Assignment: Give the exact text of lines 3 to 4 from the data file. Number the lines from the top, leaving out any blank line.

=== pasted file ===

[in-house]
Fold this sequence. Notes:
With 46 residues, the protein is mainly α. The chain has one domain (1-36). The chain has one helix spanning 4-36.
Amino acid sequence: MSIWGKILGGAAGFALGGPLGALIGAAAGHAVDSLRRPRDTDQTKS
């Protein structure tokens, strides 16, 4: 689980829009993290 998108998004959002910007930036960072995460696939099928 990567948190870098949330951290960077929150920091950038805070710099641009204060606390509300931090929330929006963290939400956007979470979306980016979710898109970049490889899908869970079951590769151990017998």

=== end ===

With 46 residues, the protein is mainly α. The chain has one domain (1-36). The chain has one helix spanning 4-36.
Amino acid sequence: MSIWGKILGGAAGFALGGPLGALIGAAAGHAVDSLRRPRDTDQTKS